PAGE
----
A status quo policy for stability

A SESHAN | Updated on January 20, 2018

As is where is No tipping the balance Anatoli Styf/shutterstock.com

The RBI’s second monthly policy review of 2016-17 reflects the domestic and international environment

On the basis of an assessment of the current and evolving macroeconomic situation, the Reserve Bank of India has decided to:

keep the policy repo rate under the liquidity adjustment facility (LAF) unchanged at 6.5 per cent;

keep the cash reserve ratio (CRR) of scheduled banks unchanged at 4.0 per cent of net demand and time liabilities (NDTL);

and continue to provide liquidity as required but progressively lower the average ex ante liquidity deficit in the system from 1 per cent of NDTL to a position closer to neutrality.

Consequently, the reverse repo rate under the LAF will remain unchanged at 6.0 per cent, and the marginal standing facility (MSF) rate and the Bank Rate at 7.0 per cent.

In the recent policy statements no mention has been made of the Statutory Liquidity Ratio (SLR), which obviously is not changed. One does not understand the reason for the silence on SLR.

The rationale

The RBI’s stance on the policy is justified on the basis of the current economic environment, both national and international. It does not want to upset the applecart by making any changes in policy rates and ratios. The trends in growth are satisfactory despite the declining exports. However, the fall in imports has helped keep the current account deficit (CAD) under control.

The only matter for concern is the uptick in inflation rate in April. The RBI expects this trend to continue. So there is no case for any reduction in policy rates. The central bank has noted that while public investment levels are satisfactory those of private investment are not. Are they due to the levels of borrowing rates being high?

In a situation of inflation the depositor or the saver is generally the one who bears the brunt since he does not have any lobby to work for him to get a reasonable real rate of return.

The right emphasis

The RBI is right in emphasising the unfavourable trend in consumer inflation in respect of food products. Mumbai may not be the right benchmark for assessing the situation in the country because of its high levels of income and large circulation of money and floating population. But it is worth noting that a single banana costs ₹5 in the city whereas one remembers the days when one could get a dozen at that price!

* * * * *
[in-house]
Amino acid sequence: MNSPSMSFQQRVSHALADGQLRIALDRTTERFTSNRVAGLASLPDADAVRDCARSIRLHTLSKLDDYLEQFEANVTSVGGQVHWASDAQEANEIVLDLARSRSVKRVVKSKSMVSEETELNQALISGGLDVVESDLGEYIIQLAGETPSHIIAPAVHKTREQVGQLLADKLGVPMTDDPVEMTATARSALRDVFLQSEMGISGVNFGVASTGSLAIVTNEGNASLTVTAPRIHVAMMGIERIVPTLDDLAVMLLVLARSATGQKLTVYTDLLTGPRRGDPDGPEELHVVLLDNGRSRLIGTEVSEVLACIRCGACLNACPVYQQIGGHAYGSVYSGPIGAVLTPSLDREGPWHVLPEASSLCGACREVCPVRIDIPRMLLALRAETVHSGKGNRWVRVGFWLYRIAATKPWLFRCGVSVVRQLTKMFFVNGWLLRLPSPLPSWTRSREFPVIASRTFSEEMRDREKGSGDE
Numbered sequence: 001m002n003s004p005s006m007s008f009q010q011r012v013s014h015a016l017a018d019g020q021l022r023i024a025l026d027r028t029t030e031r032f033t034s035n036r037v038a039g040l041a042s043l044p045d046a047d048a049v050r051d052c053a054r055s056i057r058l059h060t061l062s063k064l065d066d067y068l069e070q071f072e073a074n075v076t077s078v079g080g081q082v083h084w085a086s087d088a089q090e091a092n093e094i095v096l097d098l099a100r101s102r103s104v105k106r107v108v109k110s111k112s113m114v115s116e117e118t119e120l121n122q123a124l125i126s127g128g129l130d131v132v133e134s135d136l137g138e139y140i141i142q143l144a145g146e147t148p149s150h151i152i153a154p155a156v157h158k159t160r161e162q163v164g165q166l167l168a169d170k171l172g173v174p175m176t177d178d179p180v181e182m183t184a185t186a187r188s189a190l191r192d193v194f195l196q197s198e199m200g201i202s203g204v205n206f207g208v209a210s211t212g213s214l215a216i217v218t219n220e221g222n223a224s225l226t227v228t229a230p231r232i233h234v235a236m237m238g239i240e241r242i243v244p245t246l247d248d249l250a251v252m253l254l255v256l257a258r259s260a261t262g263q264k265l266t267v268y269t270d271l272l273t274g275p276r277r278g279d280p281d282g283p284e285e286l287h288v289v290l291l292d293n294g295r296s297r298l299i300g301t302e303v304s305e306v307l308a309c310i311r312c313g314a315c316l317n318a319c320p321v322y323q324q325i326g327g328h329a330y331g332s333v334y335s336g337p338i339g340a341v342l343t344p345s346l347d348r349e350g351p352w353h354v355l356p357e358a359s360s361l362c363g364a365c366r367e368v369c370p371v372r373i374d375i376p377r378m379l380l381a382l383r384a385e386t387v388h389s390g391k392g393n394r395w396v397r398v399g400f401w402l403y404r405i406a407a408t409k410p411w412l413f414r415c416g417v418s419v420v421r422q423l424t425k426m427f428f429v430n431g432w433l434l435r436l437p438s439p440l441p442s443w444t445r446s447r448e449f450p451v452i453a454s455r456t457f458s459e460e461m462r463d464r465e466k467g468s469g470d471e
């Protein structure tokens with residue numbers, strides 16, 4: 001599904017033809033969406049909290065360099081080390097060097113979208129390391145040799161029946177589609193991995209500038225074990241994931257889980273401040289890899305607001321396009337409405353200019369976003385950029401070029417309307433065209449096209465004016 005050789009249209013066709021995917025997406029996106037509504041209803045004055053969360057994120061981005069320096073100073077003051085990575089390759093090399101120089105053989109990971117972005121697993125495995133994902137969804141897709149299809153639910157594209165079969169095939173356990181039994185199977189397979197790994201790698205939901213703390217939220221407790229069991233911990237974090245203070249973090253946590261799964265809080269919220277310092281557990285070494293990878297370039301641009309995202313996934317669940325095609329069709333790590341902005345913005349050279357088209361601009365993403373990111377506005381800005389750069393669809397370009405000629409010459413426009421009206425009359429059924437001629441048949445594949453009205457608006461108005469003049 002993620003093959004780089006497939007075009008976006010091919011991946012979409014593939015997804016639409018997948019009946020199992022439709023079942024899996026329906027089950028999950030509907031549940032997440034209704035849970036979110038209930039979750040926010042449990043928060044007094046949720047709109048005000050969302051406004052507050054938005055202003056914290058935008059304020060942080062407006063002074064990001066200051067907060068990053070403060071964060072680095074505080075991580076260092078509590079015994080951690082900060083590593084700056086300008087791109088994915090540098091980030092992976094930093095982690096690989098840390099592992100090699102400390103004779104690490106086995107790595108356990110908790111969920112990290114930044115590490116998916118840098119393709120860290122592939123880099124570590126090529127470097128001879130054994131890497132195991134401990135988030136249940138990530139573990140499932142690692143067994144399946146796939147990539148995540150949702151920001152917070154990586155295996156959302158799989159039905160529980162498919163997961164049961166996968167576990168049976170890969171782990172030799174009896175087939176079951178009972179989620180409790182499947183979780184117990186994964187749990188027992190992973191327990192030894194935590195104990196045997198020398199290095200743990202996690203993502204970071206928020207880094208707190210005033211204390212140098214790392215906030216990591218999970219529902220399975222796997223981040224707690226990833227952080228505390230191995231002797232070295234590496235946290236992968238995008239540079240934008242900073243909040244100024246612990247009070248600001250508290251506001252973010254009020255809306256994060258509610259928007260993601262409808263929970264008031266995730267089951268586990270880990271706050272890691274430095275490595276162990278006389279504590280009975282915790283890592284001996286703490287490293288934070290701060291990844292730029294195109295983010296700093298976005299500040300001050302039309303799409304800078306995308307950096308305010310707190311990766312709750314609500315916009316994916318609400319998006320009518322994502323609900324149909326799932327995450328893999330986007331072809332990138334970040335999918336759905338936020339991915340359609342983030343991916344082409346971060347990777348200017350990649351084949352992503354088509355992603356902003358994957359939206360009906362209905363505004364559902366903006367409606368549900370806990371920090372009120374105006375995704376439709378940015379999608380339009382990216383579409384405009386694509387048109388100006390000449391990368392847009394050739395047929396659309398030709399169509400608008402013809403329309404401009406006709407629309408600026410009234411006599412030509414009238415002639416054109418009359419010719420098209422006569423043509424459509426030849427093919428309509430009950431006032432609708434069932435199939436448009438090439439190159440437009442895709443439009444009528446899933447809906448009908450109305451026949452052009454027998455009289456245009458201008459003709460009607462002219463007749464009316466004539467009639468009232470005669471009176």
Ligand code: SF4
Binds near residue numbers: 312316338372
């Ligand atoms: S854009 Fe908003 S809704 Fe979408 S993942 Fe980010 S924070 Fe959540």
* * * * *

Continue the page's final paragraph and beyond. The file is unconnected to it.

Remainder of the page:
Prices in restaurants (even in Grade III establishments) have gone up, affecting the middle-class workers depending on them for their needs. We are at the peak of a long, hot summer. Any relief on the food front can be expected only after the kharif harvest, which is still 10 weeks away. The Consumer Price Index (CPI) for the summer months is not likely to provide any satisfaction.

Thus the RBI is right in basing its policy on the current trends in consumer prices. In any case we have to wait for the review of the marginal cost lending rate system before taking any view on RBI policy rates and its impact on investment demand in the private sector.

My view is that despite growth, demand has not picked up due to the persistence of a high level of prices across almost all commodities. A 5 per cent inflation rate is no consolation to a consumer when he goes to the market to buy consumer goods such as shoes that cost ₹2000 a pair.

The Government should consider fiscal measures that encourage R&D efforts contributing to a reduction in costs of production. According to the RBI, “demand conditions are likely to improve going forward; consumer confidence is seen as rising on improving expectations of employment and spending, with rural demand aided by a stronger monsoon. Rising capacity utilisation should prompt private investment”.

Liquidity rules

There is no shortage of liquidity in the market thanks to the intervention of the central bank. The average daily net liquidity injection through the liquidity adjustment facility (including MSF) declined from ₹1935 billion in March 2016 to ₹1030 billion during April-May and further to ₹120 billion in June (up to June 5, 2016).

The weighted average call money rate (WACR) remained closely anchored to the policy rate within a narrower corridor of plus or minus 50 basis points around the policy repo rate. Volatility also declined significantly. Interest rates on money market instruments such as certificates of deposit (CDs) and commercial paper (CPs) also eased through the quarter so far. Thus there is stability in the markets.

The central bank is generally coy in making any statement about exchange markets lest it disturb them. It only used to say that it had no preconceived idea of the right exchange rate and its only aim had been to prevent volatility in the markets.

In a departure from the usual practice, Governor Raghuram Rajan made a bold statement on the intervention by the RBI to deal with not only rupee shortage but also of the dollar.

This assurance should help arrest the slide in the value of the rupee and prevent its crossing the level of ₹70 to a dollar.

The RBI’s bold statement is credible in view of the substantial forex reserves amounting to $360 billion on May 27, 2016.

The writer is a Mumbai-based economic consultant

Published on June 07, 2016

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